|Publication number||US7879812 B2|
|Application number||US 12/185,418|
|Publication date||Feb 1, 2011|
|Filing date||Aug 4, 2008|
|Priority date||Aug 6, 2007|
|Also published as||US20100081706|
|Publication number||12185418, 185418, US 7879812 B2, US 7879812B2, US-B2-7879812, US7879812 B2, US7879812B2|
|Inventors||Robert Ashman, Petar Lenert|
|Original Assignee||University Of Iowa Research Foundation|
|Export Citation||BiBTeX, EndNote, RefMan|
|Patent Citations (10), Non-Patent Citations (15), Classifications (13), Legal Events (3)|
|External Links: USPTO, USPTO Assignment, Espacenet|
The present application claims benefit of U.S. Provisional Application Ser. No. 60/954,193, filed Aug. 6, 2007, the entire contents of which are hereby incorporated by reference.
This invention was made with government support under grant no. AI 047374 awarded by the National Institutes of Health. The government has certain rights in the invention.
I. Field of the Invention
The present invention relates to the fields of cell biology, immunology and pathology. More specifically, the invention deals with optimized sequences of oligodeoxynucleotides (ODNs) that modulate immune responses, in particular, those involving Toll-like receptors (TLRs).
II. Related Art
Reaction to certain motifs in bacterial DNA is an important function of natural immunity. Bacterial DNA has long been known to be mitogenic for mammalian B lymphocytes (B cells), whereas mammalian DNA generally is not. The discovery that this immune recognition was directed to specific DNA sequences centered on a motif containing an unmethylated CpG dinucleotide opened the field to molecular immunologic approaches (Krieg et al., 1995). The immunostimulatory effects of so-called CpG DNA can be reproduced using synthetic oligodeoxynucleotides (ODN) containing CpG dinucleotides in the context of certain preferred flanking sequence, a CpG motif. CpG-containing ODN (CpG-ODN) have been reported to exert a number of effects on various types of cells of the immune system, including protecting primary B cells from apoptosis, promotion of cell cycle entry, and skewing an immune response toward a Th1-type immune response, e.g., induction of interleukin 6 (IL-6), interleukin 12 (IL-12), γ interferon (IFN-γ), activation of antigen-specific cytolytic T lymphocytes (CTL), and induction in the mouse of IgG2a.
It has been reported that the immunomodulatory effects of CpG DNA involve signaling by Toll-like receptor 9 (TLR9). It is believed that CpG DNA is internalized into a cell via a sequence-nonspecific pathway and traffics to the endosomal compartment, where it interacts with TLR9 in a sequence-specific manner. TLR9 signaling pathways lead to induction of a number of immune-function related genes, including notably NF-κB, among others.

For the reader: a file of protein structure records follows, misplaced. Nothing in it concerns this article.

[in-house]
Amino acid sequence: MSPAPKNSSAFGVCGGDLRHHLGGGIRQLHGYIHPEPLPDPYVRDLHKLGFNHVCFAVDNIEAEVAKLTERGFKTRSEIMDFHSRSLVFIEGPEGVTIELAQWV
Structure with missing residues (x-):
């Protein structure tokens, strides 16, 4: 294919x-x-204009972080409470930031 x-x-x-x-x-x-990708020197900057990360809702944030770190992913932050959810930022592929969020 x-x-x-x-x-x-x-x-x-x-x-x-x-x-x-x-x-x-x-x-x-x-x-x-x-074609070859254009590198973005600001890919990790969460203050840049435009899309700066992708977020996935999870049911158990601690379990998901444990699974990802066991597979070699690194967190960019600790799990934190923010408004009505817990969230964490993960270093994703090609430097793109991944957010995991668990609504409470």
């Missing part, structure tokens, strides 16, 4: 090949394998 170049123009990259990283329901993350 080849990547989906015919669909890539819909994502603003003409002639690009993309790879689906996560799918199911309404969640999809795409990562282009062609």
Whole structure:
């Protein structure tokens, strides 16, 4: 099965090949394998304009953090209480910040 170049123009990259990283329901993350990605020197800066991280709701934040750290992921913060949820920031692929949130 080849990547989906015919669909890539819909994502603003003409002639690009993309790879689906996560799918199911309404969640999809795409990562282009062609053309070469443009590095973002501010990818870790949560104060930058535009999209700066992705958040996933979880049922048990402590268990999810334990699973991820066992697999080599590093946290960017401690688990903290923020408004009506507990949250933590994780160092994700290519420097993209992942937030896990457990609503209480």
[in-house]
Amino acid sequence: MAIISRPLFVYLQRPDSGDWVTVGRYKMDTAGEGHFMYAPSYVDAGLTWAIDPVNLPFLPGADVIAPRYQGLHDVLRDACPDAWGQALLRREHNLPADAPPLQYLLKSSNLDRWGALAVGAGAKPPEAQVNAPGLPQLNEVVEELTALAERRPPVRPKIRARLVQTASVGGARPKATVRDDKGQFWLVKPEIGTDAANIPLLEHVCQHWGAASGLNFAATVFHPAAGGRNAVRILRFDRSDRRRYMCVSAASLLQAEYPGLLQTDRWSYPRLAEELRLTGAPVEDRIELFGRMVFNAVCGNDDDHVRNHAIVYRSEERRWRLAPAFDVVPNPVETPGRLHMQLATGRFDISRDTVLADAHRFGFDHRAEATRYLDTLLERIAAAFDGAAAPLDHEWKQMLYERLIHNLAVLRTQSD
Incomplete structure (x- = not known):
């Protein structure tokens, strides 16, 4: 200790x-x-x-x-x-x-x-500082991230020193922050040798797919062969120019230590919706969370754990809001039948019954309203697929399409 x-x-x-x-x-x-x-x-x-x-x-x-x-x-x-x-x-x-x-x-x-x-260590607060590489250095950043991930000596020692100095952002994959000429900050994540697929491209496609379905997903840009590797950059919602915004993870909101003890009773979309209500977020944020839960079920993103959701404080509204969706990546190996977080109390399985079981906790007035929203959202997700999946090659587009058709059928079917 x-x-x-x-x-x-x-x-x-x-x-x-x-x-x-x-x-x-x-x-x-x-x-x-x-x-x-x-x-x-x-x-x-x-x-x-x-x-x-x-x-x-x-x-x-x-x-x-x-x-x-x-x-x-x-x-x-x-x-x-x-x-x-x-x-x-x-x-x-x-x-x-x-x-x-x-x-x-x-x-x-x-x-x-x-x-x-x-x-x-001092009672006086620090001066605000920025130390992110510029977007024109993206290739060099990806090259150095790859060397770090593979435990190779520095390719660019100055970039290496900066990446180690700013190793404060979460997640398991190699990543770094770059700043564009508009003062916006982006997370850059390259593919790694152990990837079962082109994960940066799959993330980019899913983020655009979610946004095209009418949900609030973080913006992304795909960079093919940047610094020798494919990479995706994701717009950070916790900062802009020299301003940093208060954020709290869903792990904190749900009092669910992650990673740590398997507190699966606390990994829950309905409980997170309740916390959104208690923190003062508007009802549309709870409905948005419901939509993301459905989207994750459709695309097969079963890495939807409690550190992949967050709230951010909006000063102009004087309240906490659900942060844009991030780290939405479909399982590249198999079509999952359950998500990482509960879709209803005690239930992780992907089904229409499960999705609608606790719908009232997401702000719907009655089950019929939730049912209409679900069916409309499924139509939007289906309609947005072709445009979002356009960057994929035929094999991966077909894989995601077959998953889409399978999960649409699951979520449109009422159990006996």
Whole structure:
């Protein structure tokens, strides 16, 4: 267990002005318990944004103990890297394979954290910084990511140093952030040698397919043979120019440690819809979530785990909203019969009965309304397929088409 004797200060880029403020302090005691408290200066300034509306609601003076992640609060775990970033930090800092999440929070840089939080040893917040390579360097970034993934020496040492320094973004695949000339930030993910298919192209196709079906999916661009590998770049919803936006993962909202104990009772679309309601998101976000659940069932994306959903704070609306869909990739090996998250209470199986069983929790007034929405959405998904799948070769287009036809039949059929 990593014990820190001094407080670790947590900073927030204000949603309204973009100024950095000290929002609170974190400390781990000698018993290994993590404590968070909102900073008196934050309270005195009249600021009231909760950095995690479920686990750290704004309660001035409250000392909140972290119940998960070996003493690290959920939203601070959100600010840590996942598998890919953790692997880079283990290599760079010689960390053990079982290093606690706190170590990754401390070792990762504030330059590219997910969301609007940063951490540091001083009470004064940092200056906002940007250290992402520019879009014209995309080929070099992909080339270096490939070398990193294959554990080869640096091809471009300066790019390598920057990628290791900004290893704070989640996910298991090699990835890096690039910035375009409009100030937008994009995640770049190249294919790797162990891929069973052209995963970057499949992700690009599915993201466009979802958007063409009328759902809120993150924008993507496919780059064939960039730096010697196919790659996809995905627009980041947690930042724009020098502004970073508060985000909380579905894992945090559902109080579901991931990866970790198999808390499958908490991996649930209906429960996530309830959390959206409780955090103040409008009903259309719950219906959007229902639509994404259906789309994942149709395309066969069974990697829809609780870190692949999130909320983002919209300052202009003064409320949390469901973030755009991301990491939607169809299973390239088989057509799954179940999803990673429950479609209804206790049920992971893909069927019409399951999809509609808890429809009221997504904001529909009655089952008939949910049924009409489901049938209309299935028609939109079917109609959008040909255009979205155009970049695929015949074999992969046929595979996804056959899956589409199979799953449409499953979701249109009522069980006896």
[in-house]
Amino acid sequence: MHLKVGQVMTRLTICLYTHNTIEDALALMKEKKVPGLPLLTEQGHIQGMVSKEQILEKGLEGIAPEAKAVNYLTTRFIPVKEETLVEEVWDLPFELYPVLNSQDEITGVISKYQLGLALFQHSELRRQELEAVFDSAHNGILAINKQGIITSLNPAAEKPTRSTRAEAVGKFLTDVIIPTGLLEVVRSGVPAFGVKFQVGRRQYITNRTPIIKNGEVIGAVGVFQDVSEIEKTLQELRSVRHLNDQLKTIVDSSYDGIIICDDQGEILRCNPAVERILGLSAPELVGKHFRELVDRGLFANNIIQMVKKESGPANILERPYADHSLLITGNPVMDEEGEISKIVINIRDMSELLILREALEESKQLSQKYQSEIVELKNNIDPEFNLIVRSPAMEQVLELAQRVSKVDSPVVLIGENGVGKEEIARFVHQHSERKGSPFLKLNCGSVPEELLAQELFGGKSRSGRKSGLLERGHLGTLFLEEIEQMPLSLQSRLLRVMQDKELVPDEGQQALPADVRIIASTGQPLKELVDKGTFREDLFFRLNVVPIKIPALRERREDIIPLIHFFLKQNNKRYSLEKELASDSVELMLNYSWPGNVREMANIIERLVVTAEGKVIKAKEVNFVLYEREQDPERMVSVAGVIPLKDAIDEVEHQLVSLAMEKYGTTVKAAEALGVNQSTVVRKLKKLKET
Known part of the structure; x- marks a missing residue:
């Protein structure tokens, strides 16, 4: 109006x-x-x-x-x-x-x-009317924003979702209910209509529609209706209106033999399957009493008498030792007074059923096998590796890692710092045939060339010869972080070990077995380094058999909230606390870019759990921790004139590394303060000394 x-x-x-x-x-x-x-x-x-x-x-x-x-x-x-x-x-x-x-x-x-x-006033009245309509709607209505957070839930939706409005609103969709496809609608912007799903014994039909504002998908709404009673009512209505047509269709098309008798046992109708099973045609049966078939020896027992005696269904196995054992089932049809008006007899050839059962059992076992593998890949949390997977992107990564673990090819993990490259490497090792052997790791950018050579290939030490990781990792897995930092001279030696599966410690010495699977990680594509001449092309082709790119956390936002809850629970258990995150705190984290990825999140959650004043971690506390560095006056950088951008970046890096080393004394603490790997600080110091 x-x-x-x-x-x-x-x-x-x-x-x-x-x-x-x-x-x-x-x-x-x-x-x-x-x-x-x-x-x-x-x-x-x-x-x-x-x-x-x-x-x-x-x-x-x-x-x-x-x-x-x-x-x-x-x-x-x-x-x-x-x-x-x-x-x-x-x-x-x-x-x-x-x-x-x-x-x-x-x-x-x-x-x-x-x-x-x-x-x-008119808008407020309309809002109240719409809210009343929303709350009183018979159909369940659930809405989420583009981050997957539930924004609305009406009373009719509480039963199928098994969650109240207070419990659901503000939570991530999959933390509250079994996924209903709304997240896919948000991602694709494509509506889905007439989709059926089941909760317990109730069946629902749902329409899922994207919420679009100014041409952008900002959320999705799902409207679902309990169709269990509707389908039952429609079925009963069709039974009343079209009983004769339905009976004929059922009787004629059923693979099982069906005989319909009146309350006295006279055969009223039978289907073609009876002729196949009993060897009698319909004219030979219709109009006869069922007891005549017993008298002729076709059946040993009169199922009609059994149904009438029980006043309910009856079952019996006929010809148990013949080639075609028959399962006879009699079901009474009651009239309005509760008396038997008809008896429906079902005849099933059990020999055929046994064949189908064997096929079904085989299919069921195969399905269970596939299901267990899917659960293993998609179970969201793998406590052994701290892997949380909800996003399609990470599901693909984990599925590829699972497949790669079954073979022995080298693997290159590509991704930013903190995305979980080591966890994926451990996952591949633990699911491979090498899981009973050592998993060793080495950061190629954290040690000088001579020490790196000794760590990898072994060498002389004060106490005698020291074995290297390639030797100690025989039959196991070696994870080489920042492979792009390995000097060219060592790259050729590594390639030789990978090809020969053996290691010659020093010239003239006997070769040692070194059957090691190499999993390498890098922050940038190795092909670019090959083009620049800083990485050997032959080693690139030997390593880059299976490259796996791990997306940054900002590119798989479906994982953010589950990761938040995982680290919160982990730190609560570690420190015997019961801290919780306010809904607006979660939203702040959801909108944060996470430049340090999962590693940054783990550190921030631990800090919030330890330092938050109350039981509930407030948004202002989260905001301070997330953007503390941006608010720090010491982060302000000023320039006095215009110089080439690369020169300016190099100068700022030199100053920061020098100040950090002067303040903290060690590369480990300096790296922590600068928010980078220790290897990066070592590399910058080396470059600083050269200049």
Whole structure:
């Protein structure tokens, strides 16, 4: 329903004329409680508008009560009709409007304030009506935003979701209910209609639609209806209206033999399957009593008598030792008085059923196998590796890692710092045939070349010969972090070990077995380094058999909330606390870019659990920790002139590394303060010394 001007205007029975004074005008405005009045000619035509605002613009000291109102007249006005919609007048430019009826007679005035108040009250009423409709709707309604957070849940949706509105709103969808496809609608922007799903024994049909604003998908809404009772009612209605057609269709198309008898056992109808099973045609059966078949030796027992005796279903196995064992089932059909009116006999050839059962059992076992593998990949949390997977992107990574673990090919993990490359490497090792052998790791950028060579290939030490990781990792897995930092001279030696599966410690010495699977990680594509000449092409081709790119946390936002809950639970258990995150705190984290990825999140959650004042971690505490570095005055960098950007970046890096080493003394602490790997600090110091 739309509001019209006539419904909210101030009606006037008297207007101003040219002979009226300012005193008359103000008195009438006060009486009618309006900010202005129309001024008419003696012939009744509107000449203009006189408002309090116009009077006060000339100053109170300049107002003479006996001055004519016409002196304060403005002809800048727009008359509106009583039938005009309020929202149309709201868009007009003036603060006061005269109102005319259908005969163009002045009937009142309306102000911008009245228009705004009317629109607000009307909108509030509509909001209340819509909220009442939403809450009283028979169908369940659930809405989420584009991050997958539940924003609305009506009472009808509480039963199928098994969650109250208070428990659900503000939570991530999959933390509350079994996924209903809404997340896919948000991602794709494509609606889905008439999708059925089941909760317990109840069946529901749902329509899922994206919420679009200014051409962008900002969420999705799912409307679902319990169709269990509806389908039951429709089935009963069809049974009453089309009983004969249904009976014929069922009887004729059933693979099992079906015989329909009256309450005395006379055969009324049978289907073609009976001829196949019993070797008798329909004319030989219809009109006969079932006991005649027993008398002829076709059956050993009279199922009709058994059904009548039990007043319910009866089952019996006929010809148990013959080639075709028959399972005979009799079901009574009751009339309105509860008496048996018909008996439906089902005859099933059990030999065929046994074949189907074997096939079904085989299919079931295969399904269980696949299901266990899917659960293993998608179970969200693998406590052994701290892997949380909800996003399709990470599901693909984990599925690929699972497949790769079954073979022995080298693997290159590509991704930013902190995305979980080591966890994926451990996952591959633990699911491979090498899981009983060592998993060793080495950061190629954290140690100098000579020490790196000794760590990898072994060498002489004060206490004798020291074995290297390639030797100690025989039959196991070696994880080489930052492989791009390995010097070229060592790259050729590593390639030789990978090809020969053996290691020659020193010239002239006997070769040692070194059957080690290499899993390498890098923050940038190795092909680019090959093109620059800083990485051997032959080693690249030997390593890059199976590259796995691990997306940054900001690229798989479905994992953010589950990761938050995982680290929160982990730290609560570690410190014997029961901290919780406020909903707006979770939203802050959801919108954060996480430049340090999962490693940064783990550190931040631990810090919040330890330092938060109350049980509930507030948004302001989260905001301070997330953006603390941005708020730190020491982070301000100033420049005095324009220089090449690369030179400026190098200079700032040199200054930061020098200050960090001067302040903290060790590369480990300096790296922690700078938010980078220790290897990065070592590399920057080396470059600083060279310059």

The TLRs are a large family of receptors that recognize specific molecular structures that are present in pathogens (pathogen-associated molecular patterns or PAMPs) and are also termed pattern recognition receptors (PRRs). Immune cells expressing PRRs are activated upon recognition of PAMPs and trigger the generation of optimal adaptive immune responses. PRRs consisting of 10 different TLR subtypes, TLR1 to TLR10, have been described. Such TLRs have been described to be involved in the recognition of double-stranded RNA (TLR3), lipopolysaccharide (LPS) (TLR4), bacterial flagellin (TLR5), small anti-viral compounds (TLR7 and TLR8), and bacterial DNA or CpG ODN (TLR9). Reviewed in Uhlmann et al. (2003). In addition, RNA molecules were recently identified that are believed to interact with and signal through TLR7 and TLR8 (PCT/US03/10406). Such immunostimulatory RNA molecules are believed to have a base sequence that includes at least one guanine and at least one uracil. The immunostimulatory G,U-rich RNA does not require a CpG motif as described for TLR9. The corresponding class of RNA molecules found in nature is believed to be present in ribosomal RNA (rRNA), transfer RNA (tRNA), messenger RNA (mRNA), and viral RNA (vRNA).
Following the discovery of immunostimulatory CpG DNA, a number of reports appeared describing short DNA sequences with TLR-restricted immunoinhibitory effects. It has long been known that poly-G sequences were immunoinhibitory. PCT application WO 00/14217 describes ODN containing an inhibitory motif N1N2GN3G in which at least any two of N1, N2, and N3 are G (guanosine). Dr. Ashman's laboratory described a group of inhibitory 15-mer ODN, having three or four consecutive Gs, that blocked apoptosis protection and cell-cycle entry induced by stimulatory ODN (Lenert et al., 2001; Stunz et al., 2002; Lenert et al., 2003). The immunoinhibitory effect of these ODN was reported to be specific for CpG-ODN and to involve a mechanism other than simple competition for cellular uptake (Stunz et al., 2002). Independently, Klinman and colleagues reported a single immunoinhibitory ODN (Zeuner et al., 2002; Yamada et al., 2002).